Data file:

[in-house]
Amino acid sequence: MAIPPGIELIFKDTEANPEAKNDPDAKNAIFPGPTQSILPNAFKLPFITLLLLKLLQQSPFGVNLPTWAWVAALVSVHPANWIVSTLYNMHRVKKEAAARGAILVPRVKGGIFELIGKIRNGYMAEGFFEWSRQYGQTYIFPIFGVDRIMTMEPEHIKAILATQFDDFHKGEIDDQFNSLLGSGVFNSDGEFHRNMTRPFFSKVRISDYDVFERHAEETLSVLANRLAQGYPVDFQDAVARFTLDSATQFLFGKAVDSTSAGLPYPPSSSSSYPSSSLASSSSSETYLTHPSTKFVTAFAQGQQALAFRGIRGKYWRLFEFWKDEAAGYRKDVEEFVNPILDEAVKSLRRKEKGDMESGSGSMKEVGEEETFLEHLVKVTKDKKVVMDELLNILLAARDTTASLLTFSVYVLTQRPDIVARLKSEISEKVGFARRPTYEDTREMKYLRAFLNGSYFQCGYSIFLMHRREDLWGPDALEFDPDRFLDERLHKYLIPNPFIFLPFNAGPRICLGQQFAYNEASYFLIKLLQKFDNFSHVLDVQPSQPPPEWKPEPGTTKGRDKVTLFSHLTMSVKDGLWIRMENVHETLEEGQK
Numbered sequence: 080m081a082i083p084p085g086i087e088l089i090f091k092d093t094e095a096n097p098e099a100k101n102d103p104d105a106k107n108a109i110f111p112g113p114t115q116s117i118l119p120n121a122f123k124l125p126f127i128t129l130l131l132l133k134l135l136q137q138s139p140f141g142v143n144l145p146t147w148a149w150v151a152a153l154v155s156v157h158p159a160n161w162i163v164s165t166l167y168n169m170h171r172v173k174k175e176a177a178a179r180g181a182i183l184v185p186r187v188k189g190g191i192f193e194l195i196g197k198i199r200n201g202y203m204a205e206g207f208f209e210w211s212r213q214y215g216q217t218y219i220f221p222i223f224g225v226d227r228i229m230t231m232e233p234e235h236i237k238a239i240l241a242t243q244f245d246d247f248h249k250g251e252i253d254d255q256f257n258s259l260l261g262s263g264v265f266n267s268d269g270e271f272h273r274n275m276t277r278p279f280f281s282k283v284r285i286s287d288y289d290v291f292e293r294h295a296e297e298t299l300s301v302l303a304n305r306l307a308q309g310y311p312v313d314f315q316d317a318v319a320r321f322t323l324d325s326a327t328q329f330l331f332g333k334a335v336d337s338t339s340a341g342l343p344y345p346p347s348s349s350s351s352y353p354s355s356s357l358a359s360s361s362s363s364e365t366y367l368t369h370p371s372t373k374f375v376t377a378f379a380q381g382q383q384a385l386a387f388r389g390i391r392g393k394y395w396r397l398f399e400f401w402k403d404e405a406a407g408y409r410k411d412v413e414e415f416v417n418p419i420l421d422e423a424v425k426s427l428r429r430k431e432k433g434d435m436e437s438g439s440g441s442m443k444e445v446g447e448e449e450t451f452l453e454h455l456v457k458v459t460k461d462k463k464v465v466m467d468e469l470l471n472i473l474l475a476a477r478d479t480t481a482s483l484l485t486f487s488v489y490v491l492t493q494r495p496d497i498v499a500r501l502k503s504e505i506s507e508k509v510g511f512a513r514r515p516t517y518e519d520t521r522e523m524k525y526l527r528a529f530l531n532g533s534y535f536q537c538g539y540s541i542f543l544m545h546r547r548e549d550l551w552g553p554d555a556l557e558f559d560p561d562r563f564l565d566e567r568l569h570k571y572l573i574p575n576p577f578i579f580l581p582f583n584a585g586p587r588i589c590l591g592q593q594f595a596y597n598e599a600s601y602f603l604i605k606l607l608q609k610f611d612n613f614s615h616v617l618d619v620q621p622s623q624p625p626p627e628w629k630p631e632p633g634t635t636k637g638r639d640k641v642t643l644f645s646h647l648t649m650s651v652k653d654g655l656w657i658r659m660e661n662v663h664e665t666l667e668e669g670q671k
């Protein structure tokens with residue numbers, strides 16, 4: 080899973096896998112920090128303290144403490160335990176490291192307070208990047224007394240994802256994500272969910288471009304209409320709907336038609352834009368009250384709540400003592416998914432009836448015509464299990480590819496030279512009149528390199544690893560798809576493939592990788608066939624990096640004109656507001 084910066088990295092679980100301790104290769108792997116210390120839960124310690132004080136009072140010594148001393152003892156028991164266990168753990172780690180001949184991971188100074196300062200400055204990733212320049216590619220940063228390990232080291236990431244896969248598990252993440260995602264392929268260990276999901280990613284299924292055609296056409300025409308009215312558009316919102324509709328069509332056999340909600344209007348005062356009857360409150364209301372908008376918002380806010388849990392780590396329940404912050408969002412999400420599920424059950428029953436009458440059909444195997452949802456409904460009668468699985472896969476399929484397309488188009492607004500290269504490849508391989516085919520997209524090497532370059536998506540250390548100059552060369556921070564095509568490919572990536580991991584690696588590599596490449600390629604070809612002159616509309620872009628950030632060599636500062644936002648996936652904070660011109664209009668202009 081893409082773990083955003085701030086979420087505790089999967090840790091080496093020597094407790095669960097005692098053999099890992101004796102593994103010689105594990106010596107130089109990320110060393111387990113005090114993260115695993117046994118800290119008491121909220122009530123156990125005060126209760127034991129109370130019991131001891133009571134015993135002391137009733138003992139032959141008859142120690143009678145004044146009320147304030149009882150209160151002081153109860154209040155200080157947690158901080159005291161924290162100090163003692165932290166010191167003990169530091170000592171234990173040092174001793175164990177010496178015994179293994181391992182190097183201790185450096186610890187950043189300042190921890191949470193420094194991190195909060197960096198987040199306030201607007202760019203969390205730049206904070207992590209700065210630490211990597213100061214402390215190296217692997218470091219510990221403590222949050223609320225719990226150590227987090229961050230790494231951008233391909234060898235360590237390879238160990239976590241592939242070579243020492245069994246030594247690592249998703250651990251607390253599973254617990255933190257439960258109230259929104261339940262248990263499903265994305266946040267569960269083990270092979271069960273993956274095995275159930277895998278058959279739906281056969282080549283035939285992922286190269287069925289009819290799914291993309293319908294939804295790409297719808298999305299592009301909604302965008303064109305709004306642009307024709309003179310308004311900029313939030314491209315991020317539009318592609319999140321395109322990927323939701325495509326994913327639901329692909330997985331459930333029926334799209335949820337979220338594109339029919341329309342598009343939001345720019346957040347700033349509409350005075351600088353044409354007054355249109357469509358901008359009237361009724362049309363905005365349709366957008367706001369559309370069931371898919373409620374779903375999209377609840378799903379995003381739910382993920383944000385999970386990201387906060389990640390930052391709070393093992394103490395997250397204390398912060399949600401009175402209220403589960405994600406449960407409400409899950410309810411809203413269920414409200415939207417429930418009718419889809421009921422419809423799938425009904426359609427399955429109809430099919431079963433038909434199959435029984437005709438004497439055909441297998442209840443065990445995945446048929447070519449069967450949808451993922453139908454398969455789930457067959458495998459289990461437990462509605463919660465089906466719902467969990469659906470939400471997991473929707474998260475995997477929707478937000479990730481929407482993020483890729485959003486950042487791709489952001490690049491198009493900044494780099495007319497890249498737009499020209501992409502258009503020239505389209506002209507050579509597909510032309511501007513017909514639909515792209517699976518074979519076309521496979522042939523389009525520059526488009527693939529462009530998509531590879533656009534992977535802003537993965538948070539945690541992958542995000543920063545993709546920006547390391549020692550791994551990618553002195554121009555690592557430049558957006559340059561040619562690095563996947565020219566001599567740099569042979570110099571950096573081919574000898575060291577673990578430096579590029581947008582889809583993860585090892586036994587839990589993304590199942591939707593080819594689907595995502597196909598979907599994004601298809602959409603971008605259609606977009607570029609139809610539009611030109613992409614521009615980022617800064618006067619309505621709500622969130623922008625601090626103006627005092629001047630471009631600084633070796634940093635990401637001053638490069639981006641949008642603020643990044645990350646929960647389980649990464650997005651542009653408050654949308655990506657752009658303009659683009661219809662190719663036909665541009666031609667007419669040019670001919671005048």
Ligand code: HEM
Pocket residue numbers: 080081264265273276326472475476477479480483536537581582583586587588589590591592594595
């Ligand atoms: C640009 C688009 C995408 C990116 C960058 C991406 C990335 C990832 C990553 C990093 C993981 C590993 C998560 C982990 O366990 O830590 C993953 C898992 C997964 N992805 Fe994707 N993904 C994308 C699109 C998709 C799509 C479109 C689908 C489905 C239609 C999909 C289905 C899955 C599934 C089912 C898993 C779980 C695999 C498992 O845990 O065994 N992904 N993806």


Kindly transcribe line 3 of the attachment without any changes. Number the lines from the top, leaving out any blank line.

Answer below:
Numbered sequence: 080m081a082i083p084p085g086i087e088l089i090f091k092d093t094e095a096n097p098e099a100k101n102d103p104d105a106k107n108a109i110f111p112g113p114t115q116s117i118l119p120n121a122f123k124l125p126f127i128t129l130l131l132l133k134l135l136q137q138s139p140f141g142v143n144l145p146t147w148a149w150v151a152a153l154v155s156v157h158p159a160n161w162i163v164s165t166l167y168n169m170h171r172v173k174k175e176a177a178a179r180g181a182i183l184v185p186r187v188k189g190g191i192f193e194l195i196g197k198i199r200n201g202y203m204a205e206g207f208f209e210w211s212r213q214y215g216q217t218y219i220f221p222i223f224g225v226d227r228i229m230t231m232e233p234e235h236i237k238a239i240l241a242t243q244f245d246d247f248h249k250g251e252i253d254d255q256f257n258s259l260l261g262s263g264v265f266n267s268d269g270e271f272h273r274n275m276t277r278p279f280f281s282k283v284r285i286s287d288y289d290v291f292e293r294h295a296e297e298t299l300s301v302l303a304n305r306l307a308q309g310y311p312v313d314f315q316d317a318v319a320r321f322t323l324d325s326a327t328q329f330l331f332g333k334a335v336d337s338t339s340a341g342l343p344y345p346p347s348s349s350s351s352y353p354s355s356s357l358a359s360s361s362s363s364e365t366y367l368t369h370p371s372t373k374f375v376t377a378f379a380q381g382q383q384a385l386a387f388r389g390i391r392g393k394y395w396r397l398f399e400f401w402k403d404e405a406a407g408y409r410k411d412v413e414e415f416v417n418p419i420l421d422e423a424v425k426s427l428r429r430k431e432k433g434d435m436e437s438g439s440g441s442m443k444e445v446g447e448e449e450t451f452l453e454h455l456v457k458v459t460k461d462k463k464v465v466m467d468e469l470l471n472i473l474l475a476a477r478d479t480t481a482s483l484l485t486f487s488v489y490v491l492t493q494r495p496d497i498v499a500r501l502k503s504e505i506s507e508k509v510g511f512a513r514r515p516t517y518e519d520t521r522e523m524k525y526l527r528a529f530l531n532g533s534y535f536q537c538g539y540s541i542f543l544m545h546r547r548e549d550l551w552g553p554d555a556l557e558f559d560p561d562r563f564l565d566e567r568l569h570k571y572l573i574p575n576p577f578i579f580l581p582f583n584a585g586p587r588i589c590l591g592q593q594f595a596y597n598e599a600s601y602f603l604i605k606l607l608q609k610f611d612n613f614s615h616v617l618d619v620q621p622s623q624p625p626p627e628w629k630p631e632p633g634t635t636k637g638r639d640k641v642t643l644f645s646h647l648t649m650s651v652k653d654g655l656w657i658r659m660e661n662v663h664e665t666l667e668e669g670q671k